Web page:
If a worker is hired to deal with something edible that grows from the ground, he's allowed to snack from the produce, though there are some parameters. For example, a person who works with already-cut produce may only eat until he's completed his work; after that he's off-duty and no longer entitled to pick. On the other hand, one who works with still-attached produce may only eat after he's finished his work. For example, if his job is to pick grapes to fill a container, he must fill the container before he can pick any for himself. In order not to steal time from their employers, they should eat as they travel from row to row in the field, at which time they would not be picking anyway.
The reason for this mitzvah is to improve our characters through generosity. God has given the owners of the fields an abundance of good things; it doesn't behoove them to act stingy and begrudge their employees a snack.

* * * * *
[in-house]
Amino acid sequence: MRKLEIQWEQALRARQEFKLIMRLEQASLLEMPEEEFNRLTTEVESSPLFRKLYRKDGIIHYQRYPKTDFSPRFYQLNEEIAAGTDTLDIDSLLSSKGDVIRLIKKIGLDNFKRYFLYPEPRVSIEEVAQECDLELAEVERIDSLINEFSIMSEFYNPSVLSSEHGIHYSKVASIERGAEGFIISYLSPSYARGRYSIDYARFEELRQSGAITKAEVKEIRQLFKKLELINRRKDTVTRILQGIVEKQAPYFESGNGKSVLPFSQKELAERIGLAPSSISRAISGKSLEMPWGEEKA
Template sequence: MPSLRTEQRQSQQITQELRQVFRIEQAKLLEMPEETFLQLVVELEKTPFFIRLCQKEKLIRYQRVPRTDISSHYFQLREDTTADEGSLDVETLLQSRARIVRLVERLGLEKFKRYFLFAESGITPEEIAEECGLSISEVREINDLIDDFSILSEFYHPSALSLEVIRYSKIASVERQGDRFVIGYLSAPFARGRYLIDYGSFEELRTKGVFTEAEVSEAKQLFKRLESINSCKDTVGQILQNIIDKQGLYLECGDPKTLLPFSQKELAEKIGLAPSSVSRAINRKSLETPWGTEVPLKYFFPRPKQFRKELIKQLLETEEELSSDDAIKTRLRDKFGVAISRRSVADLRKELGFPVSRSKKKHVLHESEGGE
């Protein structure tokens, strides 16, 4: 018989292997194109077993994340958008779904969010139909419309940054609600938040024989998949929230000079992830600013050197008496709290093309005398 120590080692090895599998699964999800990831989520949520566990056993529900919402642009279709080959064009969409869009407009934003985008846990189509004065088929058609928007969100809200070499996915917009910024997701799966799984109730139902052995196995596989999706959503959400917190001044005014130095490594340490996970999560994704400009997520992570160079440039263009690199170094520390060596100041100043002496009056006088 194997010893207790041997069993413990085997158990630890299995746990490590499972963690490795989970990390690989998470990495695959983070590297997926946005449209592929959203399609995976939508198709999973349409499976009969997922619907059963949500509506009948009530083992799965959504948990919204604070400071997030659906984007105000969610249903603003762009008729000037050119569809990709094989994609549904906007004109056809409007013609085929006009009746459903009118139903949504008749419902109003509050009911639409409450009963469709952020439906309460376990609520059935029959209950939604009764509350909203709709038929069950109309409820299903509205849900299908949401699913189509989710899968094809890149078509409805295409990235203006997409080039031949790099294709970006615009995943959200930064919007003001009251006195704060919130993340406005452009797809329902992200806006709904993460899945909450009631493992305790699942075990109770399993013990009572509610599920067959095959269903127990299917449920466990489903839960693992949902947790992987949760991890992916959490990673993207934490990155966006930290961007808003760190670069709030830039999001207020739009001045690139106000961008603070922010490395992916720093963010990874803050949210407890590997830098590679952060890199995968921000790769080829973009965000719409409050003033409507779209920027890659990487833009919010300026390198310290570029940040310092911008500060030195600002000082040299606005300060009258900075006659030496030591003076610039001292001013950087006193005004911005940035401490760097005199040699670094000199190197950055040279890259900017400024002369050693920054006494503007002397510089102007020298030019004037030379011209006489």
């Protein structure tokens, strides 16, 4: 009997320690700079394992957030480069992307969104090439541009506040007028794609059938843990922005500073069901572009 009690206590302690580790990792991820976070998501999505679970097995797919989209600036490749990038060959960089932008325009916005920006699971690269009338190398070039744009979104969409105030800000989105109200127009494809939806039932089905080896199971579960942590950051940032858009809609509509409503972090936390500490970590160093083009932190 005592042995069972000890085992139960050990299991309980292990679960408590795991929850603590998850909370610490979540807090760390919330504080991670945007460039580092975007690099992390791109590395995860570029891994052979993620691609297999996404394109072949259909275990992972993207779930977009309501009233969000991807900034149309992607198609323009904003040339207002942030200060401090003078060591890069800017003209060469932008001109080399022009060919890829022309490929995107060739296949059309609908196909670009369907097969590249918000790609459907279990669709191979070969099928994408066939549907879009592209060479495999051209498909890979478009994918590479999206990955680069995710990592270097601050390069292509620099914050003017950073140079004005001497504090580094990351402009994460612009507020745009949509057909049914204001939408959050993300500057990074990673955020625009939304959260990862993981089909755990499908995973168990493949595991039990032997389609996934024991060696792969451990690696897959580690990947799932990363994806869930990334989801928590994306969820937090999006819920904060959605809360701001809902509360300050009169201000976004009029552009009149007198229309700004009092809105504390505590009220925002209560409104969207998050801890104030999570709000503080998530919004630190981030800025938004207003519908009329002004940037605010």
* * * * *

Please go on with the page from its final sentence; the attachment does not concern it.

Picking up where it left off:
This mitzvah only enables those who work with produce to snack. Those who work with food that doesn't grow from the ground (such as cheese), or those who guard produce (as opposed to, say, picking it) are not entitled to eat. Additionally, one may only eat the type of produce with which one is working, from the field in which one is working, so someone stomping grapes isn't entitled to eat corn.
This mitzvah applies in all times and places. It is discussed in the Talmud in tractate Baba Metzia (87a-89b, 91b-93b). It is codified in the Shulchan Aruch in Choshen Mishpat 337. This mitzvah is #201 of the 248 positive mitzvos in the Rambam’s Sefer HaMitzvos and #65 of the 77 positive mitzvos that can be fulfilled today as listed in the Chofetz Chaim’s Sefer HaMitzvos HaKatzar.